It is a perfect artwork for Sheffield Cathedral - a gritty, post-war industrial cityscape combined, unusually, with a biblical portrait.
Christ Over Sheffield depicts Jesus on the cross against a backdrop of terraced houses, chimneys and a gasometer seen from Upperthorpe, and was painted by David Hepher, who usually draws on the tower blocks of south London for his subject matter.
Hepher's work can be found in collections across Britain and Europe, including the Tate, the V&A, the Museum of London and the Museum Boymans-van Beuningen in Rotterdam.
The Reverend Canon Keith Farrow, canon missioner at the Anglican cathedral, said it was a 'significant painting' and that it had originally been commissioned by the vicar of St Chad's in Woodseats.
"David Hepher’s father was vicar of St Stephen’s, Upperthorpe, and the painting is taken from a high point in the parish looking on the landscape as it was in the late 1950s. Christ is portrayed on the cross with Sheffield as the backdrop, hence the title."
It is one of very few religious works of art by Hepher, aged 83, who studied at Camberwell School of Art and the Slade School of Art, where he later became professor and head of undergraduate painting.
"The painting is important because it documents 1950s and 60s Sheffield, at the very moment when back-to-back housing was being taken down and large blocks of flats were being built," said Rev Canon Farrow.
"The picture hung in St Chad’s for some years and during reordering of the church the painting was put in storage."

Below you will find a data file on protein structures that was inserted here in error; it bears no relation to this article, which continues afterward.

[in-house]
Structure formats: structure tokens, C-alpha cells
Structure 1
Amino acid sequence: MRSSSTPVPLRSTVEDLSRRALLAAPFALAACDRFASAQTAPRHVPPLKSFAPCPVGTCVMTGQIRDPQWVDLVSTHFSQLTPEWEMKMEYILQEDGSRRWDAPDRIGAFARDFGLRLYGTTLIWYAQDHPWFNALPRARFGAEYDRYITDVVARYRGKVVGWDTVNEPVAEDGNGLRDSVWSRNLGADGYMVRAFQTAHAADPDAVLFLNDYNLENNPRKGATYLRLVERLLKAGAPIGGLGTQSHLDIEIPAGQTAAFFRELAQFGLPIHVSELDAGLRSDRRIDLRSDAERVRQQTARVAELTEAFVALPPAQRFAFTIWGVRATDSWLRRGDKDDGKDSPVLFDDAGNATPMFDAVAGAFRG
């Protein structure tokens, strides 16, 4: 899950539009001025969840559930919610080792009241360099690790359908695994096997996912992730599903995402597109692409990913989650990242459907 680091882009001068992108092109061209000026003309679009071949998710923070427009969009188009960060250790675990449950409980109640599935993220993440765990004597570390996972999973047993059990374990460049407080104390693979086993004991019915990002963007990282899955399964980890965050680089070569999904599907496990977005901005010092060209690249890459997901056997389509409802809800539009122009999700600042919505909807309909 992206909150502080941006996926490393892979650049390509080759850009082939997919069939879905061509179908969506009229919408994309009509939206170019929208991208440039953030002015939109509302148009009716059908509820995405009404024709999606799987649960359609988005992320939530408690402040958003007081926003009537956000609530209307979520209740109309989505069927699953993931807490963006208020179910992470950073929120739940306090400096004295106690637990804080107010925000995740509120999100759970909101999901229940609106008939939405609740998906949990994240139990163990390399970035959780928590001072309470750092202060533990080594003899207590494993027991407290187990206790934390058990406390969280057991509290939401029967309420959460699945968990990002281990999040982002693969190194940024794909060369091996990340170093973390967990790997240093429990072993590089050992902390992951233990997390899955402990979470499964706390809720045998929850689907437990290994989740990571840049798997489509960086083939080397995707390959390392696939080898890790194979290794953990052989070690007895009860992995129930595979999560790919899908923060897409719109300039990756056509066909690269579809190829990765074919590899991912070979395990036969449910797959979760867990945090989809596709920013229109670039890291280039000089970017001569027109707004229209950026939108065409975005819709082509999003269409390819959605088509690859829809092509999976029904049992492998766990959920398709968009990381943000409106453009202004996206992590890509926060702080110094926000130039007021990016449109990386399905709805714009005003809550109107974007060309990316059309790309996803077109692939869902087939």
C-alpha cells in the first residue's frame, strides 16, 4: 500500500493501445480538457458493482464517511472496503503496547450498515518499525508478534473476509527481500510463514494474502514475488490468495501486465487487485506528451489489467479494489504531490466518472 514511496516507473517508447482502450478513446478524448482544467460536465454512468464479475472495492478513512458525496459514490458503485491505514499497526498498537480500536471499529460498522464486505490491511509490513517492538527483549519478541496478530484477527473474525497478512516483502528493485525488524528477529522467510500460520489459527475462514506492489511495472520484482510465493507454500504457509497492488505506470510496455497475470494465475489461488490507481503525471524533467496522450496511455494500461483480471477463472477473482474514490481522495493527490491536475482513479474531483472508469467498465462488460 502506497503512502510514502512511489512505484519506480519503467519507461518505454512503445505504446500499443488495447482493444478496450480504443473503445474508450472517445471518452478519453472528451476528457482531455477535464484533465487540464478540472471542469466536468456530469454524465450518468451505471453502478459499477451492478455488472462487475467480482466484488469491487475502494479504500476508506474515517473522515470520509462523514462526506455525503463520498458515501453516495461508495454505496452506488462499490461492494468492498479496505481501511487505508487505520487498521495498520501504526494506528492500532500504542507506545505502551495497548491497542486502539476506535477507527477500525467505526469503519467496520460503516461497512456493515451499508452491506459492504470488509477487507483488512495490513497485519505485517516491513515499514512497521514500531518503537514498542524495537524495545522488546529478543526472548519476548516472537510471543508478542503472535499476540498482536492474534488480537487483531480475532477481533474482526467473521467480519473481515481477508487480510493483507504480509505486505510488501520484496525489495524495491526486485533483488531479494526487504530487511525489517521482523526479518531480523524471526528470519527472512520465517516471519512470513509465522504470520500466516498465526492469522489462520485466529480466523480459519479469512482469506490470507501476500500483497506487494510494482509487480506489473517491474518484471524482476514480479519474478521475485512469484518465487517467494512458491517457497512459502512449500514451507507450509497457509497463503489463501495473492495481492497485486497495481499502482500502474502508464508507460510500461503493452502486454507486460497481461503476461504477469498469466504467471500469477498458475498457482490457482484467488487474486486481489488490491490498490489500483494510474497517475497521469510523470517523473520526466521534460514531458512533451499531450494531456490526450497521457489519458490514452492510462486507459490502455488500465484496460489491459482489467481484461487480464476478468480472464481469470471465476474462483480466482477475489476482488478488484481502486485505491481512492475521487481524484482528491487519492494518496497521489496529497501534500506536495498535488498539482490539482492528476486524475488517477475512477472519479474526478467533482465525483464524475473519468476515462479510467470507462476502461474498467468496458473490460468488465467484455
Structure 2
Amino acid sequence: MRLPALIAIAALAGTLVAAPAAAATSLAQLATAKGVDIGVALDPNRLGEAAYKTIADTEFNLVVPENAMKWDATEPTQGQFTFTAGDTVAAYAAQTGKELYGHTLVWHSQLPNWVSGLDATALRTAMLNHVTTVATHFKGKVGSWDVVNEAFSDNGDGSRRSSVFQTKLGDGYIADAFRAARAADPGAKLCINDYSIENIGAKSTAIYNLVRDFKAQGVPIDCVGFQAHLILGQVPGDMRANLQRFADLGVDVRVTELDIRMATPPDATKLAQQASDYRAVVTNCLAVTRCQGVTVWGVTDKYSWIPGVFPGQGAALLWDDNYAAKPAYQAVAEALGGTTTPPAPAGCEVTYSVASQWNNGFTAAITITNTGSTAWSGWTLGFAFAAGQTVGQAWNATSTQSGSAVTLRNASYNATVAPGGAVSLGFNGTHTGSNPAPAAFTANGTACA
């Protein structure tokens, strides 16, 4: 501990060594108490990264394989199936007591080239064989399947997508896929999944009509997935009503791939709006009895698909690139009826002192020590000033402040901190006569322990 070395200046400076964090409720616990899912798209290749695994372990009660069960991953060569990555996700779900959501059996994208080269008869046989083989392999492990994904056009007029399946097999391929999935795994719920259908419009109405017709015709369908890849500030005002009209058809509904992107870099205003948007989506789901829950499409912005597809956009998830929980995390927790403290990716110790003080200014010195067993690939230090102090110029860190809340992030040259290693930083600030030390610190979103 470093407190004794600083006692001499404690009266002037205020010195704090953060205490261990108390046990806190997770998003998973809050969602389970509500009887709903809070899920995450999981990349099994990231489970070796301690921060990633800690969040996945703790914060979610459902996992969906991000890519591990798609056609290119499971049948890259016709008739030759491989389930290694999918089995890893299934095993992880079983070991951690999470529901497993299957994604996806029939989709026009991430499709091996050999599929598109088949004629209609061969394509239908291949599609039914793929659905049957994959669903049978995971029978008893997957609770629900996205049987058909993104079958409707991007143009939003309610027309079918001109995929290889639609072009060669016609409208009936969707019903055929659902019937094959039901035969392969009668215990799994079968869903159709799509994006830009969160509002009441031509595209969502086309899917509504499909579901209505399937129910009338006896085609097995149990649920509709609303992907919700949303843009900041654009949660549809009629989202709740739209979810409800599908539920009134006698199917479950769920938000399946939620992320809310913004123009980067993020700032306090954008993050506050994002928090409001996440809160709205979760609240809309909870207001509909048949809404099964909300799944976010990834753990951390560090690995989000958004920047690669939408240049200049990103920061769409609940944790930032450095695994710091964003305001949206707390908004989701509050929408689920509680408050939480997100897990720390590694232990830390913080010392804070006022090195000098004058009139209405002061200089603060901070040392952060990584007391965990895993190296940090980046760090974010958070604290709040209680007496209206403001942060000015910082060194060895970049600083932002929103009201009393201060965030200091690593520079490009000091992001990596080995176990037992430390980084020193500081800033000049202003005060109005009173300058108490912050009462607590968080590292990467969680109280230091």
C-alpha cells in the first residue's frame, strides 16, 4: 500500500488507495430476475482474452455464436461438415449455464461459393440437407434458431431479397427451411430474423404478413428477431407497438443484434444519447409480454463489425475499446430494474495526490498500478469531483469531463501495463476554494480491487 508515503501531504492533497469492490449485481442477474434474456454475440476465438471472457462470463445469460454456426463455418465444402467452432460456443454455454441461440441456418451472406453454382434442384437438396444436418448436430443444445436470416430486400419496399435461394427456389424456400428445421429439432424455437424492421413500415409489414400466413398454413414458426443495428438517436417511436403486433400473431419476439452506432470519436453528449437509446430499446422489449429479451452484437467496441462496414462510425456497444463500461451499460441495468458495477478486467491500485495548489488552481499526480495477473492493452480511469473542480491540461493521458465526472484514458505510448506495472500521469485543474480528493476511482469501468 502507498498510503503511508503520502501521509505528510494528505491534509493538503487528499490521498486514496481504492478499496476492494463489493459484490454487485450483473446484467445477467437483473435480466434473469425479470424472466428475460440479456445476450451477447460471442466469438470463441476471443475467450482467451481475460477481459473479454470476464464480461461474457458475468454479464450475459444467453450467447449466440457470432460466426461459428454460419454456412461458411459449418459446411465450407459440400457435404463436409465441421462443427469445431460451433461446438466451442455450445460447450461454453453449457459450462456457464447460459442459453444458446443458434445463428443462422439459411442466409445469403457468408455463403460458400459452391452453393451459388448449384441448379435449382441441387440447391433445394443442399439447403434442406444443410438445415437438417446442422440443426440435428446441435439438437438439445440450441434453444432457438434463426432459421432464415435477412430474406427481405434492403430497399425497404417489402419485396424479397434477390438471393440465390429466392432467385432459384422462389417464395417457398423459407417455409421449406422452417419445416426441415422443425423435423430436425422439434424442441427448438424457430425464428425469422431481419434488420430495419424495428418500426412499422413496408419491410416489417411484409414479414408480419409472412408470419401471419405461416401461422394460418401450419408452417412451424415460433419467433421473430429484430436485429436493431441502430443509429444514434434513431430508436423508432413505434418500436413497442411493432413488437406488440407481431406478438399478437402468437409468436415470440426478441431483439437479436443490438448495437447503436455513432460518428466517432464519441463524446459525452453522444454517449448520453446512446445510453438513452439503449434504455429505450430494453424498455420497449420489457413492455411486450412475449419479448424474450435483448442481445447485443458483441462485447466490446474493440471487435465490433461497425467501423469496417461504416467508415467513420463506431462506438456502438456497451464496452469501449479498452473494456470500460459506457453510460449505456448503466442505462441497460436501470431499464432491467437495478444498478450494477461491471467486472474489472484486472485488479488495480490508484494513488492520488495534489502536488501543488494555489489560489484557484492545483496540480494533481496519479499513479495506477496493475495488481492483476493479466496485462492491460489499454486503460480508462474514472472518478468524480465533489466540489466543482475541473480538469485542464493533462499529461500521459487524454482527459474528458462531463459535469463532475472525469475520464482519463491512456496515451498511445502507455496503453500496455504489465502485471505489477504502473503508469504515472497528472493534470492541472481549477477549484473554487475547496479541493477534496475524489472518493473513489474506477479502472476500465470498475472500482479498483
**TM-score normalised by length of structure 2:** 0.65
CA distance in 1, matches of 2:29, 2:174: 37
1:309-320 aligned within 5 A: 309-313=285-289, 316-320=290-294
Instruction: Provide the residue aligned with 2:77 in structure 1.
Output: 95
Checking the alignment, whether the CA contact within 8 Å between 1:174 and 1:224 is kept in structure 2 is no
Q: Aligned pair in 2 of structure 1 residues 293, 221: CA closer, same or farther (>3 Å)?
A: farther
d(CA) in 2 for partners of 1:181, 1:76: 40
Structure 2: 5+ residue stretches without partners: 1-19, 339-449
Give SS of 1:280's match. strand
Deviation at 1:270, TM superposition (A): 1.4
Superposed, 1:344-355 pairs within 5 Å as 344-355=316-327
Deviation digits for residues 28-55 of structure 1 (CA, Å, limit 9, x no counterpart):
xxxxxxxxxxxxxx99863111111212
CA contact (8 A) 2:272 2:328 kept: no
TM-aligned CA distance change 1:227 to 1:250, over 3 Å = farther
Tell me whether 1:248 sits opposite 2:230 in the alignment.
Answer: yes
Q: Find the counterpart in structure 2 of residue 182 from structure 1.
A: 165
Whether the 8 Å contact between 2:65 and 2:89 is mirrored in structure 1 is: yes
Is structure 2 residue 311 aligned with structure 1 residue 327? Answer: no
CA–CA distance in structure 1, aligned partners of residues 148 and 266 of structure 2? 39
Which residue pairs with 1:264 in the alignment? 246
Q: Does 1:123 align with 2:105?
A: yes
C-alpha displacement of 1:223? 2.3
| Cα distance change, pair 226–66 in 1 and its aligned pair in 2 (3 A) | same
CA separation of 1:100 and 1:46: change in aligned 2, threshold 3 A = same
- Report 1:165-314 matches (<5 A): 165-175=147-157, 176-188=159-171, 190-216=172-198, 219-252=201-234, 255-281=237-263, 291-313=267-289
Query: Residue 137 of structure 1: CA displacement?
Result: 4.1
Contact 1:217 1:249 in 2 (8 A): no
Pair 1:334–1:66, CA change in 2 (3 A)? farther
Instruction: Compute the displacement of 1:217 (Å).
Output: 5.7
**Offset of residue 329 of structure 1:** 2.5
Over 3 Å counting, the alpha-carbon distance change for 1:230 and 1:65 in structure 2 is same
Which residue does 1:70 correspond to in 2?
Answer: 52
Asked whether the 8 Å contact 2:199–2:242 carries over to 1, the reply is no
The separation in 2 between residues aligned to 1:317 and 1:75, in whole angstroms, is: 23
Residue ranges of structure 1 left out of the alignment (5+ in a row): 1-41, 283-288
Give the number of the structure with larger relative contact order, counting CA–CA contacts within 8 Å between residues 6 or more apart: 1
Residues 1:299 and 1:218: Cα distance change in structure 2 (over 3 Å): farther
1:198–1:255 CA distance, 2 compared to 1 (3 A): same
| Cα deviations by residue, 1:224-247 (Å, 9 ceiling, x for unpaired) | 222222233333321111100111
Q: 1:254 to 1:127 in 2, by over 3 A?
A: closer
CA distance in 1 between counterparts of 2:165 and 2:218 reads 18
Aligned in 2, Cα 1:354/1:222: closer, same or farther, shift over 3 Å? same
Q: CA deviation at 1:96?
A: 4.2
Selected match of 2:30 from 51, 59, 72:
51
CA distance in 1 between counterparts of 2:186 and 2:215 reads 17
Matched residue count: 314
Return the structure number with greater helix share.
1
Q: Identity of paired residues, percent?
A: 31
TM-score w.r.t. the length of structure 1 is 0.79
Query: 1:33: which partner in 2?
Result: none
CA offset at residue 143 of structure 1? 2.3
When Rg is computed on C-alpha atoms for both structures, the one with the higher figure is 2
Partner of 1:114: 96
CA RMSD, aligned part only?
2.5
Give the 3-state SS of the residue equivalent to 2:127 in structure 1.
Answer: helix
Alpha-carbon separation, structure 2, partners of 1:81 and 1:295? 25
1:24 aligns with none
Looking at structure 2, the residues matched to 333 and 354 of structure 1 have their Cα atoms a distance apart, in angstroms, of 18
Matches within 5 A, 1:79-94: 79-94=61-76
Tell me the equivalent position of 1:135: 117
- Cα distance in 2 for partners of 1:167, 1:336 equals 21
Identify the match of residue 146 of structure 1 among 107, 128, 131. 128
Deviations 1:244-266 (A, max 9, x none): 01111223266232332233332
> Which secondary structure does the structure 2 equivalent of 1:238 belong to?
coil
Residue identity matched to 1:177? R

The church council of St Chad’s offered to present the piece to the cathedral, and Hepher attended a fundraising event where the necessary sum was collected to restore and reframe it.
The painting will be on display permanently to visitors in the west end of the cathedral.
Another of Hepher's works, No 21, lies in the Museums Sheffield art collection. An almost life-sized 1971 canvas of a semi-detached house, it was cannily acquired by Frank Constantine, the then galleries director, who noticed the expensive picture was in two halves so bought the right-hand panel from a London dealer at a reduced price. When he returned to the showroom several years later, Constantine spotted the unsold left-hand half and suggested it would never be purchased by anyone else on its own. He made an offer and managed to bring the whole painting to Sheffield, having secured a bargain.